I have attached a diagram to explain this...

RE: Tension Control System

(OP)
Hi kiwitom235

Thanks for your reply, yes the proportionality between the tension and the extension/compression of the cylinder rod was something i was going to take advantage of to feedback to the brake on the coil. As you both say, maybe a load cell is something that would perform better in this application.

Is this link something you have in mind when you suggest a load cell and pulley....
http://www.montalvo.com/pulley-load-cells-wire-fil...

RE: Tension Control System

If you pull the wire axially, not tangentially, the load on the wire will be lower. Then a tensioning system can be placed to provide controlled tension into the rest of the machine. If you look at certain kinds of fishing reels you can see how a guide can be added to prevent the coil from running away and unspooling.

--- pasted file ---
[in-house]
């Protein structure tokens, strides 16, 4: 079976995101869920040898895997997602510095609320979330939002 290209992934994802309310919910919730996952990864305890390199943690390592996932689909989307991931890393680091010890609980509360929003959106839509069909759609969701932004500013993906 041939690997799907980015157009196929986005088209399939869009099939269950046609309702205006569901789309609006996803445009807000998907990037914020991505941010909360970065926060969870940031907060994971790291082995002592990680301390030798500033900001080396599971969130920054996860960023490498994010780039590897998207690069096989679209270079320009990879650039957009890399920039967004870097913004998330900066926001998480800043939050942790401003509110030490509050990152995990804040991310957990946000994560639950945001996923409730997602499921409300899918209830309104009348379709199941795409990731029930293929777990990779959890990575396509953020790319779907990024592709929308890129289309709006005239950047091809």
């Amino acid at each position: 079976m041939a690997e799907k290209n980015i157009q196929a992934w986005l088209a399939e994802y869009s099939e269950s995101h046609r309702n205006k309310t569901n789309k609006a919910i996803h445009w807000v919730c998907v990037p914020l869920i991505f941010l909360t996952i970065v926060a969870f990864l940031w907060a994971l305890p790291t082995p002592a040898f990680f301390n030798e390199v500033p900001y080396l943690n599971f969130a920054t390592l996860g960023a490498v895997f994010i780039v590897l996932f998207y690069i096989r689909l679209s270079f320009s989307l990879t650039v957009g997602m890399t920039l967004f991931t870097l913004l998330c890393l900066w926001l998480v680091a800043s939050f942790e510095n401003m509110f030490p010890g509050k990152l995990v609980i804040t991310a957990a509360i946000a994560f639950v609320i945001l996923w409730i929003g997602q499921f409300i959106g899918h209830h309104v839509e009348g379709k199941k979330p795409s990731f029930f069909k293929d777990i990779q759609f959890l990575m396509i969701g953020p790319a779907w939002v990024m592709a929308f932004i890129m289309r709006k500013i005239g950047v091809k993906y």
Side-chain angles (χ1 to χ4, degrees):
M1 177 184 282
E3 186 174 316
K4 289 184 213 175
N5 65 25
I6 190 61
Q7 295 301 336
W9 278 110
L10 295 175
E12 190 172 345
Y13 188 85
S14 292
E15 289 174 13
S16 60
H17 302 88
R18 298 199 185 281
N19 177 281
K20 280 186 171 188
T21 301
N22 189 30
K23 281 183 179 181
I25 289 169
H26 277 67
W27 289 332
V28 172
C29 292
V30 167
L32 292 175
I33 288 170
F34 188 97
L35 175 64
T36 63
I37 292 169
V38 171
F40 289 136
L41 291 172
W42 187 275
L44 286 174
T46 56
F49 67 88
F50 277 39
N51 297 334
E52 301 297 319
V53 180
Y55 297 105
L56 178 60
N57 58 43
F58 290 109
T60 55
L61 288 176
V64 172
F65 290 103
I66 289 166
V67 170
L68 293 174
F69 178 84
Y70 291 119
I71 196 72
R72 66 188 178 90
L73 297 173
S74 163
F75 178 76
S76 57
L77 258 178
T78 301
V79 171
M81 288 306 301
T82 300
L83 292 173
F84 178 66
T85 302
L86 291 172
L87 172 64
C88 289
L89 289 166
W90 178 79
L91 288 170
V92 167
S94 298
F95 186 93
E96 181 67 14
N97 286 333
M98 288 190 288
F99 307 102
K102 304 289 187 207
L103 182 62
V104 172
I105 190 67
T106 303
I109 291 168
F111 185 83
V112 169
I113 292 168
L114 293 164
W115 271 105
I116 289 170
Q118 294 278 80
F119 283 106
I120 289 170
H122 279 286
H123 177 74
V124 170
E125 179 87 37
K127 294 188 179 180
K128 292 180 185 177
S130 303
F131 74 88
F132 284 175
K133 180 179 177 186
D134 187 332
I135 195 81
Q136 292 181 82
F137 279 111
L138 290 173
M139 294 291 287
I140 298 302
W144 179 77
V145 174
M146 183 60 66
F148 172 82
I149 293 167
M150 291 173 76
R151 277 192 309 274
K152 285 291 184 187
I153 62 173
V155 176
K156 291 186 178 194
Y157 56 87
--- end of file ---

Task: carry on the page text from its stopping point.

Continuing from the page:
RE: Tension Control System

In the old days they used "dancing rolls" where the product was wrapped around a roller hanging by gravity to tension the product. There should be some old films of these.

RE: Tension Control System

I suggest staying away from electronic load cells. They are the most sophisticated way to control tension, but they are also very expensive, and so sensitive that the mechanics and controls have to be very carefully designed to avoid control oscillation.

Steel wire has almost no stretch so using a dancer arm system to smooth out tension perturbations is a good idea. You may need to actually drive the unwind roll so that changes in roll weight do not affect the tension.